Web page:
Sex and Lies in Sin City
Sex and Lies in Sin City is a made-for-Lifetime film which recreates
the circumstances of the scandalous death of Ted Binion, son of the Las
Vegas pioneer "Benny" Binion, who opened the Horseshoe Casino back in
1951, when Vegas was still in its infancy. Benny originated the World
Series of Poker in the early 70s, and Ted ran the Series for many years.
Ted was know around town as someone who might have been a great man if he
could have kept his excesses in check. He made friends easily, was
exceptionally brilliant, and had a good heart. Unfortunately, he could never
live up to his potential because of his drug habits. He liked to smoke, and
not just some harmless reefer. He liked to chase the dragon, which has nothing
to do with whether he liked Bruce Lee movies, but rather refers to his
favorite recreation - snorting heroin fumes.
He OD'd at age 54 in 1998, under circumstances strange enough to lead the
police eventually to conclude that his overdose was forced upon him by his
stripper girlfriend and her lover, a Binion friend and business associate. The
pair, Sandra Murphy and Rick Tabith, were tried twice for his murder, as well
as for plotting to loot the stash of Binion's underground vault. Matthew
Modine plays Ted Binion, and effectively shows both the man's charm and his
drug-fueled madness. Mena Suvari and Jonathan Schaech play the couple accused
of Binion's murder.
I've read quite a bit about that case. If you want to catch up,
the Court TV (now truTV) site, as always, offers an exceptionally thorough
overview. The movie presents various possible interpretations of the
circumstances surrounding Binion's death, but it does lead the viewer to
accept one particular interpretation over the others, and it portrays the
accused killers with a significant amount of sympathy. I'm not convinced that
the presentation was fair. In developing its point of view it ignored some key
evidence that led the police to believe that Binion died in one place and was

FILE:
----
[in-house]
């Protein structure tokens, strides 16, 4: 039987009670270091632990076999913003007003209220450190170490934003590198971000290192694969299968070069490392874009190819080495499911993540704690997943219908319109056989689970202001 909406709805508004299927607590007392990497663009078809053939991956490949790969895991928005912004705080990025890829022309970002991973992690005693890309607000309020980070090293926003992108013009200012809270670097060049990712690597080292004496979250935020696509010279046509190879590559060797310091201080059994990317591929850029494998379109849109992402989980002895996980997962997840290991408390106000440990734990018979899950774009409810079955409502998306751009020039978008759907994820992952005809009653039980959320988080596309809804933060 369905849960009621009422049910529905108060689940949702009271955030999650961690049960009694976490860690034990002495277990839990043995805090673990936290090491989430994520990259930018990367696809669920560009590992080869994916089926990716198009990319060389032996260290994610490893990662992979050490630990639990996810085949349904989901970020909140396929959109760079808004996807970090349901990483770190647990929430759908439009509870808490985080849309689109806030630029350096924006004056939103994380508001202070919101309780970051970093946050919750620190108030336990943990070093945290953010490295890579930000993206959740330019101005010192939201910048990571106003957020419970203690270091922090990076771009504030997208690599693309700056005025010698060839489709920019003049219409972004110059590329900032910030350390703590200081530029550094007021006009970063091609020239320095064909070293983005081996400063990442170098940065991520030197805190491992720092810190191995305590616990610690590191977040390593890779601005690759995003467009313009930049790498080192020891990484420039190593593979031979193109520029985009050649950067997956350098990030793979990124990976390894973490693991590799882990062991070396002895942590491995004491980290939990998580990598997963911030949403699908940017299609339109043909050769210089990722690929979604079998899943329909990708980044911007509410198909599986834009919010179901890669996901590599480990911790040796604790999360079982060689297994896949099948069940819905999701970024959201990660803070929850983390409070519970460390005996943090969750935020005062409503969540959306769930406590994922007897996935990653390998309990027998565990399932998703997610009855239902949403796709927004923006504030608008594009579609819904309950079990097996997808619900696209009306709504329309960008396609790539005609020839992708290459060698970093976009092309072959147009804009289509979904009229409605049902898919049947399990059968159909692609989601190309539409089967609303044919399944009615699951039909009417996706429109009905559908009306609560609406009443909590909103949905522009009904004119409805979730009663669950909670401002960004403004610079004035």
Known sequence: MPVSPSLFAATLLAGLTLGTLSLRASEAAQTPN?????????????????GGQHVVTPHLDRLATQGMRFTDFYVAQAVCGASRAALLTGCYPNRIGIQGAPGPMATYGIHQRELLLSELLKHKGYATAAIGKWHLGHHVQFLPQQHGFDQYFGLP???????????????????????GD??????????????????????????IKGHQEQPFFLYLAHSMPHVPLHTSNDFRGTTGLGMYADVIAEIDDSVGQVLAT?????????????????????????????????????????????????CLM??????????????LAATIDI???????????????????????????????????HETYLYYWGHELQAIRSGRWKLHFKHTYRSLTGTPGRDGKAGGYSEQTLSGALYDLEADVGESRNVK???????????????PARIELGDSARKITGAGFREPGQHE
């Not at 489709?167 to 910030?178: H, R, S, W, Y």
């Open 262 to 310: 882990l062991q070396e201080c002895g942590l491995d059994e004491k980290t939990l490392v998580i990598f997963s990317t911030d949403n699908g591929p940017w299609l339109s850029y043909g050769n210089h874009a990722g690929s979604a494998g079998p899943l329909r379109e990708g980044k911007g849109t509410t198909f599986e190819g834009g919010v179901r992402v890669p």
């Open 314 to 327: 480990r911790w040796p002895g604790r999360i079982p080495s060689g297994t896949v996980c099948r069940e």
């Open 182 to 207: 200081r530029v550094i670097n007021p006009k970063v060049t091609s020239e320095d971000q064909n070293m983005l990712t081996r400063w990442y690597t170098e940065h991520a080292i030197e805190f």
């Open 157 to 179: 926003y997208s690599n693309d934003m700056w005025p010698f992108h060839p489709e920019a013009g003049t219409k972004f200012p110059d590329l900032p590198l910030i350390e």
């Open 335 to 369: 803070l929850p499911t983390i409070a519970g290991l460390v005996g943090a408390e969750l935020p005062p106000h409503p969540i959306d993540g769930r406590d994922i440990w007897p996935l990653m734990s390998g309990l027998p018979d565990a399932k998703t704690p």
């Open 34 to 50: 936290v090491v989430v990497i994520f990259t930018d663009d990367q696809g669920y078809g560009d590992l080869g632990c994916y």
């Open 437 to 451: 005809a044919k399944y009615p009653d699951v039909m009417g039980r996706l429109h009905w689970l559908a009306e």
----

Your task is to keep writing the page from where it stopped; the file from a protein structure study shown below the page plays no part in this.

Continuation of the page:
dragged to another, after which there was a deliberate cleansing of the path
between the two places.
Still and all, the fact remains that the evidence against the murderers was
circumstantial, and prosecution witnesses in the first trial later admitted
that they had been paid to "play ball." The Nevada supreme court ordered a
retrial based on some errors made by the judge in the first trial, and the
second trial led to "not guilty" verdicts on the murder charge and a
conviction on the larceny. In my opinion, the defendants should have been
found not guilty of the larceny charges as well, although I believe they
actually did it. Tabith said that he was emptying the vault based on the
explicit orders of Binion, and his story was backed up by the fact that Tabith
was the only person who had the combination beside Binion, therefore the only
person who could have opened it after Binion's death. Tabith claimed that he
was emptying it to get the money safely to Binion's daughter. While that seems
unlikely, there is no crime in doing unlikely things, and the police could
never prove he had any other motivations. In fact, he talked to the local
sheriff three times that day about the excavation, although he did not tell
John Law the whole truth. As for Murphy, her conviction on the larceny charge
was total nonsense. It is logical to assume that she was guilty, but the
evidence simply did not support that. The whole case against her is that
Tabith called her several times while he was unearthing the silver, thus
establishing their conspiracy. That's ridiculous for two reasons: (1) the
prosecutors never proved that Tabith was committing the crime in the first
place; (2) the prosecutors never proved that the couple were talking about the
silver. Phone records proved that they had talked on the phone as frequently
as 20 times a day, so why would the long excavation period be any different
from any other time of similar length?
Did the lovers actually conspire to steal the silver. Probably, and Tabish
had done similar things in the past, but there certainly was "reasonable
doubt," and that is the basis of legal guilt or innocence.
Did the lovers commit the murder, either by planning it or by deliberately
failing to call for help when they knew Binion was ODing? I don't know. After
studying all 25 pages of the Crime TV report, I still can't come to a
conclusion either way. It does appear that the accused pair covered up some
details of their involvement and lied about others, but it also appears that
there were plenty of shenanigans in the prosecution's case, which would
indicate that the prosecutors wouldn't have had a case if they had played
Hey, it's Vegas. Everybody was scamming everyone else.
Who lied the most? Flip a coin.
Mena Suvari did not technically get naked,
but this scene went
about as far as it could have gone without nudity. Suvari looked beautiful, was
tremendously sexy, and exposed almost her entire butt. You DO want to see it.